As CES opens in Las Vegas (January 6th) the organisers say that visitors will see many more 4K/Ultra-HD displays on show, and also expect the year to see some dramatic reductions in the cost of the sets. Richard Doherty, an analyst with the Envisioneering Group, said “You’ll see price points come down much faster than HD did a decade ago.”
All of the leading manufacturers are showcasing their latest models. Samsung, for example, said that its new ‘Smart’ receivers will run on Tizen, an open-source, Linux-based operating system.
South Korea’s LG, the official 4K partner at CES, says its new models will deliver greater realism and depth either with Wide Colour LED or Quantum Dot technologies depending on the model. Incidentally, LG will also be showcasing a 55” 8K model at CES to demonstrate where it thinks the market is heade
The key 4K players, Sony, LG, Panasonic and Samsung, all know they are pushing at an open door as far as consumer enthusiasm is concerned. But prices must come down in order for mass-market take-up. However, the manufacturers also know that 4K sales – to date – are impressive New data from Canada, for example, are stats that show that for the giant retailers such as Best Buy and Future Shop, the 4K sales numbers for post-Thanksgiving ‘Black Friday’ sales represented 40 per cent of all TV purchases.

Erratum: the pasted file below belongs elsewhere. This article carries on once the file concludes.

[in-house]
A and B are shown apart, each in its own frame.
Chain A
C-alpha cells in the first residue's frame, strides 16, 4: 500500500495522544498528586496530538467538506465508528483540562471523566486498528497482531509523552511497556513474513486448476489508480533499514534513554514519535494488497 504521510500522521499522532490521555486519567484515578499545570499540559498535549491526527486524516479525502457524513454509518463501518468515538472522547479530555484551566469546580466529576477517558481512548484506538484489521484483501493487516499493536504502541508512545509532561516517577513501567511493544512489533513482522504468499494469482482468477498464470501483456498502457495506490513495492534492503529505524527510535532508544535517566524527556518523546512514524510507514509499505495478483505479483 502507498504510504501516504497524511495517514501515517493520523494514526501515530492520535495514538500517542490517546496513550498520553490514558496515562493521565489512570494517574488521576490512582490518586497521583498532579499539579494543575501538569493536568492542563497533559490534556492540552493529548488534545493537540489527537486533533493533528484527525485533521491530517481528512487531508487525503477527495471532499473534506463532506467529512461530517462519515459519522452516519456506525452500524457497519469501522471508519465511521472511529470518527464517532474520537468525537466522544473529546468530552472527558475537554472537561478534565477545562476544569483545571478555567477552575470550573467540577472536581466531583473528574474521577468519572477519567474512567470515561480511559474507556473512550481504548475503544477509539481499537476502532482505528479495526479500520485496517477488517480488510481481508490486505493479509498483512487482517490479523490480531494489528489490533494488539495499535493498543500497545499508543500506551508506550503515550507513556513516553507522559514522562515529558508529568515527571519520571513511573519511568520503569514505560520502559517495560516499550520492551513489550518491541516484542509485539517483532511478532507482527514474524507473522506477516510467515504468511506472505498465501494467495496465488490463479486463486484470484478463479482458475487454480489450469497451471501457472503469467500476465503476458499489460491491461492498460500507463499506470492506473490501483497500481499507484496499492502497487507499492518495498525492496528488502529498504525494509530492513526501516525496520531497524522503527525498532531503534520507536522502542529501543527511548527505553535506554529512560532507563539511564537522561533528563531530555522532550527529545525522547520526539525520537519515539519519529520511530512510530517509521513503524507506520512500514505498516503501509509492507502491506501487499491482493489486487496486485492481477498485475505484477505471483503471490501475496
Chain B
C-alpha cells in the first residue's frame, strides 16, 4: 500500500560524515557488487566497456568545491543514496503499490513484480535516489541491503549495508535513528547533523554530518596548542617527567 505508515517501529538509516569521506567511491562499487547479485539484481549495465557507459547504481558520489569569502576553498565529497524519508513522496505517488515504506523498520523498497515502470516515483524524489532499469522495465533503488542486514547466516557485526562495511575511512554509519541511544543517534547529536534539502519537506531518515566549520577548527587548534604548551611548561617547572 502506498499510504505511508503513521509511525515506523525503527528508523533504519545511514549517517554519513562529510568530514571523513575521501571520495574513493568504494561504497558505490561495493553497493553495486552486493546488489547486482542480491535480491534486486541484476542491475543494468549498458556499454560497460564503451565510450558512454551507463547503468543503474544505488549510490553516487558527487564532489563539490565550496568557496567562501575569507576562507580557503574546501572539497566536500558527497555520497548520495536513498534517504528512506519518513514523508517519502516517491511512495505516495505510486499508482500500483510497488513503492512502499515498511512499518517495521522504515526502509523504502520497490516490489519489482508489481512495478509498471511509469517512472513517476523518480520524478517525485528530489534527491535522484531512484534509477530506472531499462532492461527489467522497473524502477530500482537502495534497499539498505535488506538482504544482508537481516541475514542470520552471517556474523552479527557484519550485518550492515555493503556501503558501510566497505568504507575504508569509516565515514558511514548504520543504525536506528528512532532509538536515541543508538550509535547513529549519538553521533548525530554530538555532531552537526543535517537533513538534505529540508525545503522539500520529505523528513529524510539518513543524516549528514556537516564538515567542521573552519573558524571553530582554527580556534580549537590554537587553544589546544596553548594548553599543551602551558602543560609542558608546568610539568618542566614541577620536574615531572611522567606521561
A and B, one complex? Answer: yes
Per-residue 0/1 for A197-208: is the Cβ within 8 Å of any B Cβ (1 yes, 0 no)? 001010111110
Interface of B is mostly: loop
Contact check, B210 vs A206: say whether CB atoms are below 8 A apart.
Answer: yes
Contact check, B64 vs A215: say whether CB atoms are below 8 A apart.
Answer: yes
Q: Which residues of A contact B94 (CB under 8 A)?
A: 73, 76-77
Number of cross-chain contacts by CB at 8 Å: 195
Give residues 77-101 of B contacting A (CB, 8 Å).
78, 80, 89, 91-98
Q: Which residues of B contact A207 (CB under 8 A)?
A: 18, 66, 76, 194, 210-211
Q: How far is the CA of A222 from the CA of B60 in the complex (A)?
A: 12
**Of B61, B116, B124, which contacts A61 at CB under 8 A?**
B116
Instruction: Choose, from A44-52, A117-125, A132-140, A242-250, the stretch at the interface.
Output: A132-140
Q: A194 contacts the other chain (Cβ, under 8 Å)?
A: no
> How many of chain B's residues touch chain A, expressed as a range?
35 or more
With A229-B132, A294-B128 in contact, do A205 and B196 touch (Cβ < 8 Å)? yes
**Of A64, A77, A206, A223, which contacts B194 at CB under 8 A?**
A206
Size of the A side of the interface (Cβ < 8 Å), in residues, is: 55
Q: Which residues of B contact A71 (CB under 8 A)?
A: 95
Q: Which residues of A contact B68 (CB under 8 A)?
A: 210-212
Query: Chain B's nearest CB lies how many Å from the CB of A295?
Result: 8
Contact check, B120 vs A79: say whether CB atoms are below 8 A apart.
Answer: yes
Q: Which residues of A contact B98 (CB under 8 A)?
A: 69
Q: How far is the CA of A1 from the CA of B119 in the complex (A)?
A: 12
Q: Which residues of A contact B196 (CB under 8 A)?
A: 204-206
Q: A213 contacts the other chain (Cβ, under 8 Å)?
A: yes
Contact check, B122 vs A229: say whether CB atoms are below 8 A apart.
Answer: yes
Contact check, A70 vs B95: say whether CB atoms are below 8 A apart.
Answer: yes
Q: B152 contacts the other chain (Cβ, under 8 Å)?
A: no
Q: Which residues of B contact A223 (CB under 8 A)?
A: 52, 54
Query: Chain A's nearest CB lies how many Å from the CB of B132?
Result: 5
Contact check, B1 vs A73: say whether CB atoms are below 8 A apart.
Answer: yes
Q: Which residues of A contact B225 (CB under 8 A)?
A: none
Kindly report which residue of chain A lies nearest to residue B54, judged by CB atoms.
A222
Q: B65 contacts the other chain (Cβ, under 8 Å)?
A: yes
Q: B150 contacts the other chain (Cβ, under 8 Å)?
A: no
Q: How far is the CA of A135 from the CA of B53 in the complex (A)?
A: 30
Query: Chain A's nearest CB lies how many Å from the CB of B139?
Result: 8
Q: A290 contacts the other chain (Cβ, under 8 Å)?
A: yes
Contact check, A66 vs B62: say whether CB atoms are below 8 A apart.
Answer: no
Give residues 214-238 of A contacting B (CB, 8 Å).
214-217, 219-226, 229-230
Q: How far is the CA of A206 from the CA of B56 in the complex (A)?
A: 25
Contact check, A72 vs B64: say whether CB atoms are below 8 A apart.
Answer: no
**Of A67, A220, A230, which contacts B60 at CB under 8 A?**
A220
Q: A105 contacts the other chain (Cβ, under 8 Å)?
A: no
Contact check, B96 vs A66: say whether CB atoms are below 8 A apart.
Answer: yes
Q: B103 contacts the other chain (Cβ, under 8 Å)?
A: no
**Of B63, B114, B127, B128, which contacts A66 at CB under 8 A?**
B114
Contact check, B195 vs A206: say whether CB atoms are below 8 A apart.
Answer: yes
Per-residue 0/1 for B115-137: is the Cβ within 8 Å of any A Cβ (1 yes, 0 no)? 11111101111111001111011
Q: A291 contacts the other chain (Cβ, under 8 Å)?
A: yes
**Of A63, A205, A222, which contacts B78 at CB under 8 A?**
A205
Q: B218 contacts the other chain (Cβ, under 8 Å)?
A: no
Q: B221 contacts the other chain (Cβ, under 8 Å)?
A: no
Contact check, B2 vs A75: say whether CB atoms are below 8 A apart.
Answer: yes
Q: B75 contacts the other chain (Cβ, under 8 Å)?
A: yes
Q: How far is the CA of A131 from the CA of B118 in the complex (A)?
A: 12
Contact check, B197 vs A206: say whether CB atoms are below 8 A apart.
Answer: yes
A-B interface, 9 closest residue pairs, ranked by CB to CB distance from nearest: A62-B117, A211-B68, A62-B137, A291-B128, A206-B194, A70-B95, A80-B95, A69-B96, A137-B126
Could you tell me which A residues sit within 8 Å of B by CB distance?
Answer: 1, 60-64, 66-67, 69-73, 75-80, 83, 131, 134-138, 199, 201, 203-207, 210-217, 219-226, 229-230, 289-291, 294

According to Netflix spokesman Cliff Edwards, the streaming company, which is one of a few operators with 4K content on offer, some 30 per cent of US homes will own a 4K set this year, and surpass 50 per cent during 2016. If these predictions come to pass, then the manufacturing sector will be delighted.